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NAR dues going up 50 percent for proposed Political Survival Initiative – Breaking News



NAR dues are going up

Today, at the Association Executives Institute being held in Dallas, the National Association of Realtors (NAR) presented to attendees their REALTOR Political Survival Initiative (PSI), which they say is a result of a 2010 Supreme Court ruling that reshaped campaign financing across the nation. The initiative could increase REALTOR dues by $40 if the proposal is passed by the NAR Board of Directors on May 14. According to NAR during their presentation, the move is supported by associations and large brokers.

Because we follow the topic closely, we have been waiting for how NAR would respond to major changes in campaign financing as a result of the January 2010 Supreme Court ruling in Citizens United v. Federal Election Commission that overturned much of the McCain-Feingold Act of 2002.

The ruling now allows private corporations and associations to contribute to campaigns outside of the standard contribution method of Political Action Committees (PAC) pointing to private organizations’ right to the First Amendment.

Update: AG poll results are now in, click here to see how members feel about this potential dues increase.

Associations at a disadvantage?

This puts organizations like NAR at a disadvantage up against organizations and private companies that wish to disrupt real estate advocacy not just for homeowners but for practicing Realtors. Traditionally, NAR “grooms REALTOR champions” or politicians who are favorable to the NAR agendas, this initiative allows NAR to do so in all states rather than just select states.

How NAR dues break down

As part of the PSI, NAR is proposing a 50% increase in dues which would make political advocacy count for more than half of dues for the first time in NAR history. Currently, dues break down as follows, $30 to legislative/regulatory advocacy, $15 to consumer and member relationship building, $10 to state and local association services and support, $6 to economic and tech research, $6 to publications, $5 to commercial/international alliances, $4 to Code of Ethics/legal policy and enforcement, $4 to customer service and product suite, with other services at $0 contribution, totaling $80.

If the PSI is approved, dues will be $120 annually with the only change being to legislative/regulatory advocacy.

Dues levels are reviewed every three years by the Board of Directors with 2011 being a review year, which is likely why there was not an immediate reaction by NAR to the supreme court ruling.

What is NAR’s alternative?

According to NAR program director Liz Giovaniello, at this time, NAR does not see any alternative to the Political Survival Initiative.

The reality of politics is that money talks. For example, now, when an entity sees an advantage in opposing any political initiatives NAR is advocating for, the entity can funnel money into a campaign be it local, state or federal and the back scratching begins. If NAR can’t compete in the same arena, an entity against NAR loses as do its members.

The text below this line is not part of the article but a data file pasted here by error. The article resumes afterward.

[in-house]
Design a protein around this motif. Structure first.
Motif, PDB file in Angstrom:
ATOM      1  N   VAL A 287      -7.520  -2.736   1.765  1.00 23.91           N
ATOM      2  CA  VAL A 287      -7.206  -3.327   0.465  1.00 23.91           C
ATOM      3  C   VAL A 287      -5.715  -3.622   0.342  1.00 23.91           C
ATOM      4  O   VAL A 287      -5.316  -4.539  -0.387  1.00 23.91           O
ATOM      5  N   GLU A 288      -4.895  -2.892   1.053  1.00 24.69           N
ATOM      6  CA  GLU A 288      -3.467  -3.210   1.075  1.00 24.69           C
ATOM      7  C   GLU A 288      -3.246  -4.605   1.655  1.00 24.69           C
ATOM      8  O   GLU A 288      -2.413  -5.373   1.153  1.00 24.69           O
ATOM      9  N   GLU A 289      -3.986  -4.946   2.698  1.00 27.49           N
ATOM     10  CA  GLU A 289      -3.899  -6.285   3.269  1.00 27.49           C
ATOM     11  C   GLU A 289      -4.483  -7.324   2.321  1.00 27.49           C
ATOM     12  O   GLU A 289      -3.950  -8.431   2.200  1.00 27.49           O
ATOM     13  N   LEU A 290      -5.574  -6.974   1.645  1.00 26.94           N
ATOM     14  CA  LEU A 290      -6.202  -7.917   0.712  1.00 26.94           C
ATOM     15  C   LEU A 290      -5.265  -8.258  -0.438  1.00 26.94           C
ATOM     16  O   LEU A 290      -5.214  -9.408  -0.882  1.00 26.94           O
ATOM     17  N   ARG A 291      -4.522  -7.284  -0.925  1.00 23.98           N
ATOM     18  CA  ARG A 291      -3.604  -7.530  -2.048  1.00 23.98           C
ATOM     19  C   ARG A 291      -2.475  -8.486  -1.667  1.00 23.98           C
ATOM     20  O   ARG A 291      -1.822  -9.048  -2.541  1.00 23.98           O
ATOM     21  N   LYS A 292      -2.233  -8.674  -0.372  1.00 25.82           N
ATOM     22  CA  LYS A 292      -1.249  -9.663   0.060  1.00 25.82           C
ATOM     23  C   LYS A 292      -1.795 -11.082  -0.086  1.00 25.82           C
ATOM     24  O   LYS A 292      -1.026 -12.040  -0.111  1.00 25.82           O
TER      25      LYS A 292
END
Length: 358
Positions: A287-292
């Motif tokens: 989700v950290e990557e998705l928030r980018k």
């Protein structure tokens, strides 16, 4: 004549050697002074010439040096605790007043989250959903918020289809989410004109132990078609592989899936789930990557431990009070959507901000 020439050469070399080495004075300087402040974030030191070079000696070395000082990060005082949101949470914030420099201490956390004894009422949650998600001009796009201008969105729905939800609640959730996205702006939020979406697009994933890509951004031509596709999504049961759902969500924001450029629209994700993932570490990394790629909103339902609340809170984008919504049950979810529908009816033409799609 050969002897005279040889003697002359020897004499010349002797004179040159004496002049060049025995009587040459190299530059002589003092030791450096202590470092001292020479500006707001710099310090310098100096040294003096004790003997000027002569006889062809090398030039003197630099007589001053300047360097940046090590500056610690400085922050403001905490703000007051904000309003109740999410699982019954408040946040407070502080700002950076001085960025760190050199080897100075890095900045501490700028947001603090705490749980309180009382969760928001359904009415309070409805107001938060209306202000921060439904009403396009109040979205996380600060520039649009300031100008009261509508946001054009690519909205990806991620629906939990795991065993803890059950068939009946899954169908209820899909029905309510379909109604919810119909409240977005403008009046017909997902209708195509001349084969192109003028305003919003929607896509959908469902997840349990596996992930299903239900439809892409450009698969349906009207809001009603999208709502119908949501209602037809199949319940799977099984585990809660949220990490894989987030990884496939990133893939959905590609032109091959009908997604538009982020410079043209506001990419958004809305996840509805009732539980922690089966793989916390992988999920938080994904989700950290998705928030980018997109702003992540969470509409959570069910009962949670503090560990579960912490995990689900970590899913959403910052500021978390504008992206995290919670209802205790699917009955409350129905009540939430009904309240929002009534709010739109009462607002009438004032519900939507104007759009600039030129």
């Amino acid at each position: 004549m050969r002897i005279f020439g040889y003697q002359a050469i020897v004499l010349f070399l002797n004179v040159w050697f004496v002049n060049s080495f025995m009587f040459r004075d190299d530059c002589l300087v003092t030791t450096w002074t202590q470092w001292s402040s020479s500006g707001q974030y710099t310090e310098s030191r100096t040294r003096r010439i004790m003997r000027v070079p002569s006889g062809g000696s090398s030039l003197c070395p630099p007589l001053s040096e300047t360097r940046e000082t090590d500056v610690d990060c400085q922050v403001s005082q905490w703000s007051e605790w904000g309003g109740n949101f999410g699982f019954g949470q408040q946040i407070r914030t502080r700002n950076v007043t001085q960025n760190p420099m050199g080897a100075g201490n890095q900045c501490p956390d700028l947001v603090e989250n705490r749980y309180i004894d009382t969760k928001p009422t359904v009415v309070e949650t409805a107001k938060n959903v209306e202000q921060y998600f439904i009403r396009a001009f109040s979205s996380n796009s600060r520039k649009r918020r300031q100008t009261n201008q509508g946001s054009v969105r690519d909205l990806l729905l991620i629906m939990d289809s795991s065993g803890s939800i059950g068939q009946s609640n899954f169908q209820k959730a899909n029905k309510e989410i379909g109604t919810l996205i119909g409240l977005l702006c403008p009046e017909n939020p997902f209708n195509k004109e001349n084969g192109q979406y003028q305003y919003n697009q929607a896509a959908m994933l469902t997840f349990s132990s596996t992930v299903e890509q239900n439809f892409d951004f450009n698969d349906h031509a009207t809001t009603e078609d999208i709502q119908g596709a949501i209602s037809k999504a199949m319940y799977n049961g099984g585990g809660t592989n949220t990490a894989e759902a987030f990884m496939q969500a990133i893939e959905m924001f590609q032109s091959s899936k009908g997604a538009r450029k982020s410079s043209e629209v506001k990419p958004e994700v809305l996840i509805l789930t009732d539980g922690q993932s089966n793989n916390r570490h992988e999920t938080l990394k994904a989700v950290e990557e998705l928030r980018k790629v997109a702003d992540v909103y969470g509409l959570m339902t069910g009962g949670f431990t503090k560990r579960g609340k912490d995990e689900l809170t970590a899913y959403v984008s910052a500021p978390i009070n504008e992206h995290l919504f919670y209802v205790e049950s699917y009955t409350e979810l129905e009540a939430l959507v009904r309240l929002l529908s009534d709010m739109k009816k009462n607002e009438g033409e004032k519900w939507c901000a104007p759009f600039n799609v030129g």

How a rate hike will help local and state associations

The new rate hike will allow NAR not only to send funds to state and local Realtor associations to help their efforts but can send consultants and manpower to the causes they support.

It is our suspicion that most national level trade associations will be raising dues as corporations and other associations gear up to get into all levels of campaign financing. The floodgates have opened.

Advocacy will now be the best funded value proposition of NAR with $38.8 million of the budget potentially going towards politics. Here is how the budget will break down:

What if the ruling is overturned?

When asked if dues will be reduced by the amount raised if the ruling is overturned, Giovaniello said, “The funds for this initiative are needed NOT ONLY because of the Supreme Court ruling, they are needed in order to help ensure the success of our state and local association advocacy efforts – to help them be as successful as possible. Even of [sic] the ruling had not occurred, we would need to bring our advocacy efforts to a higher level.”

Is it possible that NAR is taking advantage of the ruling to increase their dues? Maybe. We were told that advocacy needed funding despite the ruling, but it seems to us that the $40 increase is necessary if it means protecting the industry.

This is a very big topic and one that has a lot of moving parts. We invite you to continue learning more about the Political Survival Initiative’s details and history:

Continue Reading


  1. Kevin Tomlinson via Facebook

    March 20, 2011 at 3:50 pm


    • Maureen Kennedy

      April 21, 2011 at 3:43 pm

      Hey, guys, it's not OK for AG staff to comment on AG articles like this. I'm opposed to the hike (because I'm likely going to be opposed to the candidates and positions that will be supported), but also because it think the NAR is setting up an arms race. Actually, I think it's the lobbying firms (and I used to work for one) that are setting up the arms race–because they will profit from all the spending.